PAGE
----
The Union also asserts that the award is consistent with the Privacy Act because the Privacy Act requires "at least some effort" on the Agency's part to collect the information directly from the grievant, and the Agency "made no effort" to do so. Id. at 5. The Union acknowledges that the Agency had a legitimate interest in, and right to request, the information. However, the Union asserts that the information "had a strong potential" to negatively affect the grievant's worker's compensation benefits and pending claim. Id. at 6. According to the Union, the grievant was adversely affected because the information was used to contest the grievant's worker's compensation claim, and the claim ultimately was denied.
Finally, the Union asserts that, even if the Agency's actions were consistent with other regulations, that would not excuse its failure to comply with the Privacy Act.
The Union restates its arguments made in opposition to the Agency's exceptions in AR-3628 regarding the Arbitrator's jurisdiction and conclusion that the Agency violated the Privacy Act. The Union adds that the information collected was intended to minimize the amount of the grievant's worker's compensation benefits, and therefore, had a "strong potential" to adversely effect the grievant's worker's compensation claim. Id. at 5.
V. Preliminary Matter
The Union asserts that the Agency did not raise below its claim that the Arbitrators lacked jurisdiction to review the alleged Privacy Act violations. However, the award in AR-3628 demonstrates that the Agency challenged the arbitrator's jurisdiction to consider the Privacy Act matter. See Award AR-3628 at 2. The record in AR-3639 demonstrates that the argument was raised in that case also. See Agency's pre-arbitration statement at tab 13. Accordingly, we reject the Union's argument and rule on the Agency's exceptions concerning jurisdiction.
VI. Analysis and Conclusions
A. The Arbitrators did not lack jurisdiction to resolve the alleged Privacy Act violations.
The Agency argues that federal district courts have exclusive jurisdiction to resolve alleged Privacy Act violations. However, the Authority has long reviewed [ v58 p709 ] arbitration awards in which the underlying grievances concerned compliance with the Privacy Act. See, e.g., AFGE, Local 3184, 50 FLRA 449 (1995); NAGE, Local R5-66, 40 FLRA 504 (1991). The Authority's review of Privacy Act matters is consistent with § 7103(a)(9)(C)(ii) of the Statute, which defines "grievance" as "any complaint . . . by any employee, labor organization, or agency concerning . . . any claimed violation, misinterpretation, or misapplication of any law . . . affecting conditions of employment[.]" Applying this definition, it is clear that the rights and obligations created by the Privacy Act affect the conditions of employment of federal employees. For example, the Privacy Act plays a significant role in agency maintenance of employee personnel records. See United States Dep't of Transp., FAA, N.Y. TRACON, Westbury, N.Y., 50 FLRA 338, 339 n.3 (1995); see also United States Dep't of the Air Force, 56th Support Group, Macdill Air Force Base, Fla., 51 FLRA 1144, 1145 n.2 (1996) (citing 5 U.S.C. § 552a(4), (5)). As such, and as demonstrated by the Authority's precedent, the Privacy Act has had a prominent role in significant aspects of federal sector labor-management relationships. See, e.g., United States DOJ, Fed Corr. Facility, El Reno, Okla., 51 FLRA 584 (1995) (addressing disclosure requirements under the Privacy Act); United States Dep't of the Treasury, IRS, 51 FLRA 310 (1995) (same).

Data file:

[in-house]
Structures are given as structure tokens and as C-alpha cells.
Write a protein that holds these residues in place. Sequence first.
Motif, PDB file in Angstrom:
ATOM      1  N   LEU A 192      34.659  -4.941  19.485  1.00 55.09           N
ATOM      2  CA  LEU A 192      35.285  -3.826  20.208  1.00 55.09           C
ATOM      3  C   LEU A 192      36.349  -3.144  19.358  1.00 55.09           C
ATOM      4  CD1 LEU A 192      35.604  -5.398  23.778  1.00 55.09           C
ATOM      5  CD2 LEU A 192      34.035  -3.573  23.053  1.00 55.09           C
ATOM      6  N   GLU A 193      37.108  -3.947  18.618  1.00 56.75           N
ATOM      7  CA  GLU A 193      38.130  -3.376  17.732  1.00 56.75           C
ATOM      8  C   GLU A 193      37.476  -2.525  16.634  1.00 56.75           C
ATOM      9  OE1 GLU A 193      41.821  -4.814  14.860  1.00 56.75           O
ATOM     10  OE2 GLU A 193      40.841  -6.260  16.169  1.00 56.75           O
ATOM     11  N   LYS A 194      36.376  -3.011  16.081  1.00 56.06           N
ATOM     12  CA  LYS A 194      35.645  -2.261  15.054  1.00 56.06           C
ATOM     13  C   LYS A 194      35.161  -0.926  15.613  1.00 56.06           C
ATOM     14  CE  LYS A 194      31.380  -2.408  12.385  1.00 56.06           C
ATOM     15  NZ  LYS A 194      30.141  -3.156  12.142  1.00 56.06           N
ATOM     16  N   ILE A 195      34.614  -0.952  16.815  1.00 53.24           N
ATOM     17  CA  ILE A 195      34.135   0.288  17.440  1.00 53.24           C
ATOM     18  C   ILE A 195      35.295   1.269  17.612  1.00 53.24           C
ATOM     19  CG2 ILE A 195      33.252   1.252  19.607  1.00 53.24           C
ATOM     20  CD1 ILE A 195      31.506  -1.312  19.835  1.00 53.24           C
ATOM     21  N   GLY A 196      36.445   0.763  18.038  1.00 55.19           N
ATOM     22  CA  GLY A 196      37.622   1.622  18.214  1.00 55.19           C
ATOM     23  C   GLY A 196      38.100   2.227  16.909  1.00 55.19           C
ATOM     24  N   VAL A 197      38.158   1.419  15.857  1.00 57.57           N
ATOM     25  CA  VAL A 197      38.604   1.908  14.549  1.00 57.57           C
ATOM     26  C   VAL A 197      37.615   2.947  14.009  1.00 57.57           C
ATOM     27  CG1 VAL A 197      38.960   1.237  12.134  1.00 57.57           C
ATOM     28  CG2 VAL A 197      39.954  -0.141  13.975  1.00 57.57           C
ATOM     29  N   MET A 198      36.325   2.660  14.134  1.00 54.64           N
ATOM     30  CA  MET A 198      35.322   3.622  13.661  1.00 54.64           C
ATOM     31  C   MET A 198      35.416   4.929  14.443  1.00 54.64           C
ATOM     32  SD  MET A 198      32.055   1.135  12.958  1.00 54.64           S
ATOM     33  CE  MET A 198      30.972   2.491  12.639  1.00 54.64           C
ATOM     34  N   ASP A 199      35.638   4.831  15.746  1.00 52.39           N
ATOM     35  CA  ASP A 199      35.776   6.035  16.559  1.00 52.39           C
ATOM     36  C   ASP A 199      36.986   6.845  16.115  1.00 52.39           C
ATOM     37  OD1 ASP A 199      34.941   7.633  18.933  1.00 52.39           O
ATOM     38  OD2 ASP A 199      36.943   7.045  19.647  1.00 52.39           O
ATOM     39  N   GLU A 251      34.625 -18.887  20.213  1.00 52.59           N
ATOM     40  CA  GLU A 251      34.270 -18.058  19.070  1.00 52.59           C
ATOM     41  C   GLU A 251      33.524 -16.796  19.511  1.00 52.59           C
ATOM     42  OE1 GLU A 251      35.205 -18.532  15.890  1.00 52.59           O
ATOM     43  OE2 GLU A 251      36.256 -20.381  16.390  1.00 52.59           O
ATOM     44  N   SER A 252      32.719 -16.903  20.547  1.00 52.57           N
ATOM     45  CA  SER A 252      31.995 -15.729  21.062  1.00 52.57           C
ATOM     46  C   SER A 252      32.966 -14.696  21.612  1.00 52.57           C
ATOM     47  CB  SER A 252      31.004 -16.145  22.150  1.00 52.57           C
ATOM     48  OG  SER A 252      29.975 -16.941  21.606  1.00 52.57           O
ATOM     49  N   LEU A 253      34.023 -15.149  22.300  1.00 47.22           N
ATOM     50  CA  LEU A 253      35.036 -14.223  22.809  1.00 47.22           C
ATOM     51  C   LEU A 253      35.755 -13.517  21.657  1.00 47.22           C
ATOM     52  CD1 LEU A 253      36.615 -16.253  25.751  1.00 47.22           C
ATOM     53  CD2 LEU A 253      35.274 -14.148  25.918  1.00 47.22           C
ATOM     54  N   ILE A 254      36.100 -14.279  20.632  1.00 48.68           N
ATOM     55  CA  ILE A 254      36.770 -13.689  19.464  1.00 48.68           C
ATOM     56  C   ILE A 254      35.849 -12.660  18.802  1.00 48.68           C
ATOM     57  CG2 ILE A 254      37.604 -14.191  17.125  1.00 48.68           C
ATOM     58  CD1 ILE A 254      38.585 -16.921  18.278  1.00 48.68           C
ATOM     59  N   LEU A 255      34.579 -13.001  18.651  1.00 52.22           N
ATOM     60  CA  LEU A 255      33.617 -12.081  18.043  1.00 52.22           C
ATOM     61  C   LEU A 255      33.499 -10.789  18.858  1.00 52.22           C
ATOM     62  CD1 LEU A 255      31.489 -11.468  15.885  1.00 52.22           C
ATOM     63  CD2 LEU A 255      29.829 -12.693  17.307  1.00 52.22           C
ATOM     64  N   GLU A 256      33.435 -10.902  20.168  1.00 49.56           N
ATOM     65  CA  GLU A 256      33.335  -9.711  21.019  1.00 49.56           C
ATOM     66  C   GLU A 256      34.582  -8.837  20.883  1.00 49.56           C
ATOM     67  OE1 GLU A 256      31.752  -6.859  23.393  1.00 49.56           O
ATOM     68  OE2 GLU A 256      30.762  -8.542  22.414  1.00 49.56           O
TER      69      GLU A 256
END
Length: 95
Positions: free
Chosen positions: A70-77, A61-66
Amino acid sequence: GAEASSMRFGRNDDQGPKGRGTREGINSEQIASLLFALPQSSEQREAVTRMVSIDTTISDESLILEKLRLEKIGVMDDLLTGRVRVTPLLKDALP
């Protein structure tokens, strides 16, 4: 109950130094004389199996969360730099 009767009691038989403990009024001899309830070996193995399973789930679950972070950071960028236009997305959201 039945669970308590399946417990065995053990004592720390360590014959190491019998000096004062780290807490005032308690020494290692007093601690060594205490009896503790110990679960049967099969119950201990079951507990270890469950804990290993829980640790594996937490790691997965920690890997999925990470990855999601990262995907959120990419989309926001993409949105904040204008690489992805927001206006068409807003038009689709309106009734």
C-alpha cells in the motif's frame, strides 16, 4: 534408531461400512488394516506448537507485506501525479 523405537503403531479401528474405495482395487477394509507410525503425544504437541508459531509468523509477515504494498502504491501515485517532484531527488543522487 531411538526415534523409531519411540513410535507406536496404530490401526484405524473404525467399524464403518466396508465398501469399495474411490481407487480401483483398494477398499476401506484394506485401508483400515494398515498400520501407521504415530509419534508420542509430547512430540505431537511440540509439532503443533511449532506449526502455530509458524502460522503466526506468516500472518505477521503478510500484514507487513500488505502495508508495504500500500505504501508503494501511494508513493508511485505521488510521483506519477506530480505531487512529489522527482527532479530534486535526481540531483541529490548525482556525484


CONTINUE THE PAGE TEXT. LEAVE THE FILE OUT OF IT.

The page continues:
Based on the foregoing, we conclude, consistent with AFGE, that the Privacy Act is a law "affecting conditions of employment" within the meaning of § 7103(a)(9)(C)(ii) of the Statute. This conclusion is not inconsistent with the D.C. Circuit's decision holding that the term "`law, rule, or regulation affecting conditions of employment' can be only interpreted . . . to confine grievances to alleged violations of a statute or regulation that can be said to have been issued for the very purpose of affecting the working conditions of employees--not one that merely incidentally does so." United States Dep't of the Treasury, United States Customs Serv. v. FLRA, 43 F.3d 682, 689 (D.C. Cir. 1994). As demonstrated above, the Privacy Act's effect on federal employees' working conditions is more than "merely incidental[.]" AFGE, 57 FLRA at 555.